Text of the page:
Tuesday, October 20, 2009

Taste Test: Pumpkin Parfait

The Taste: Pumpkin Parfait from Three Tarts.
The Test Verdict:  3 for both flavor and texture (two tasters).
The pumpkin parfait was composed of pumpkin puree, apricot compote, whipped cream, molasses and dark chocolate cookie. These flavors were out of sync, each competing for the strongest play - the pumpkin against the apricot, the sweetness of fruit against the sweetness of the chocolate cookie. One taster thought that any two of the flavors might have worked together, but all of them together just made for a weak, distasteful dessert. "A parfait should present the option of tasting the multiple layers at once," one taster said. "In this case, I can't imagine what utensil would have allowed that." The mini parfait cup made for difficult eating because our spoons couldn't quite squeeze into the narrow bottom. And so for all these reasons, this treat wasn't so much a treat.

Monday, October 19, 2009

Taste Test: Pumpkin Cupcake #1

The Taste: Pumpkin Cupcake from Penelope Cafe.
The Test Verdict: 7 for flavor; 7.3 for texture (three tasters).
This cupcake had a strong, spicy aroma with notes of nutmeg and ginger, but those things didn't come through as aggressively in flavor. The cake was fluffy, buttery cake with white raisins that blended in enough that they weren't noticeable except to someone analyzing the cupcake's texture! There was too much of the sugary sweet icing. But overall a decent cupcake.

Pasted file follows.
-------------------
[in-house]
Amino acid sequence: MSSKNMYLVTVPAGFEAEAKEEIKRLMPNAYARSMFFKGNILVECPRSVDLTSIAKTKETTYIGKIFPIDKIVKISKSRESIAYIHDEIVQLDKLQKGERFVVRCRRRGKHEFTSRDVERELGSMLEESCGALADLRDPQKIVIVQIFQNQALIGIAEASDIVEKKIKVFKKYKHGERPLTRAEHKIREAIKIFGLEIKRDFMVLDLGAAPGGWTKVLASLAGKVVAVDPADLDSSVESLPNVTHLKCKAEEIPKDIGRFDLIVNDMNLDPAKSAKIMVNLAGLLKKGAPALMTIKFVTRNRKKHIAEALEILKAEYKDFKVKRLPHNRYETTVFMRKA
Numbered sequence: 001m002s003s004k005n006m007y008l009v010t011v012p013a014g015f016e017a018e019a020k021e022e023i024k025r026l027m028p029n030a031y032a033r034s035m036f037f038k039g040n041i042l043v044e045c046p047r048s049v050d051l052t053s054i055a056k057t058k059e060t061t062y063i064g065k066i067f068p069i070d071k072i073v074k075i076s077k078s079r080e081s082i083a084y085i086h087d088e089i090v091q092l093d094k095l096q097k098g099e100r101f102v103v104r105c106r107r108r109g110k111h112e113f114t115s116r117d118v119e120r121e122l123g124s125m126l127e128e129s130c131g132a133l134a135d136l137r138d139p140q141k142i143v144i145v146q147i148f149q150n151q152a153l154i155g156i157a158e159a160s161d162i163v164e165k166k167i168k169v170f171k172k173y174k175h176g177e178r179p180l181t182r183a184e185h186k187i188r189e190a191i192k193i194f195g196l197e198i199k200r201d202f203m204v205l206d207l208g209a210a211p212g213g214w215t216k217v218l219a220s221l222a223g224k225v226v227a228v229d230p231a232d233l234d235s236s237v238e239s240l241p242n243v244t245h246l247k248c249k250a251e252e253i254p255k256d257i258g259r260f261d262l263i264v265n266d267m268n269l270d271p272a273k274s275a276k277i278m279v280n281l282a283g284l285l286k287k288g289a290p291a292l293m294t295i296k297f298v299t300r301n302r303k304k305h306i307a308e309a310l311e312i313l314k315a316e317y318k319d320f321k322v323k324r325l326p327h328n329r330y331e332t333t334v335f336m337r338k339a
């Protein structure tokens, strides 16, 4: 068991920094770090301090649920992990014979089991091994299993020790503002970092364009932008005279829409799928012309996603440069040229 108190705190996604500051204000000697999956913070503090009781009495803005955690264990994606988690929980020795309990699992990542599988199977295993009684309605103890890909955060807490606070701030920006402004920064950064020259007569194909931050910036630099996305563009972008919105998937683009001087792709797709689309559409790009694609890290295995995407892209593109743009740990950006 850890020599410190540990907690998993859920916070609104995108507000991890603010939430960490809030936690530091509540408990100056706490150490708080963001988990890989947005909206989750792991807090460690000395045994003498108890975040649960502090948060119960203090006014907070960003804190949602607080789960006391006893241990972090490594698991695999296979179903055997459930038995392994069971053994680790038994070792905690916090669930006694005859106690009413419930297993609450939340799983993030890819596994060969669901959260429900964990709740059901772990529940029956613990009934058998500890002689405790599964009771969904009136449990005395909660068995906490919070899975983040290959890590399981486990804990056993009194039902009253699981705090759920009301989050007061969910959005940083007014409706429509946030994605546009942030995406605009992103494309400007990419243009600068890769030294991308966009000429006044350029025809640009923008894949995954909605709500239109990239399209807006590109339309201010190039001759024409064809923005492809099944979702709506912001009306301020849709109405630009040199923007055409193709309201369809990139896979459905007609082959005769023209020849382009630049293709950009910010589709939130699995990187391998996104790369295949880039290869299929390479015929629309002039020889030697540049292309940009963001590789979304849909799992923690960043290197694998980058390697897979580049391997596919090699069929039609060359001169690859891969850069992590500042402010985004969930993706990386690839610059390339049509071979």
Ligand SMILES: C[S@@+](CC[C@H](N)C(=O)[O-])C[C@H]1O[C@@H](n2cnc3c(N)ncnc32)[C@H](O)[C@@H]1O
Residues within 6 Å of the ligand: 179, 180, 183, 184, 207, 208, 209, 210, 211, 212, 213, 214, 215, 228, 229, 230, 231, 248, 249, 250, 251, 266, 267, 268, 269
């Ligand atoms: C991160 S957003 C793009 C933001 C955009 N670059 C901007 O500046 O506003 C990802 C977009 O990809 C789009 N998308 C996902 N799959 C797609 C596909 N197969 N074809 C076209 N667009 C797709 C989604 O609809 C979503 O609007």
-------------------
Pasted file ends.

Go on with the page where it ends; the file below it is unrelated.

For Lovers of Pumpkin Beer

Serious Eats recently took its own survey of several pumpkin beers. It includes two that Food in a Nutshell tried out recently.

Friday, October 16, 2009

Good Review

Good Restaurant in the West Village has seemed somewhat unfortunately named because I do think it actually puts out, well, good food. When I mention this restaurant, it always seems confusing enough that I feel compelled to explain that the restaurant's name is actually "good". Good is a popular spot for brunch and the waits can get long. Luckily, on my second vist here, I only had a 15-minute wait after which we were seated at a nice table in a cozy nook.

Good offers a terrific deal: The breakfast special allows you to choose any egg dish, pancakes or french toast (practically anything on the menu) plus a homemade bread or side and a choice of a Chipotle Mary or Passionfruit Mimosa. We both chose to go with the special.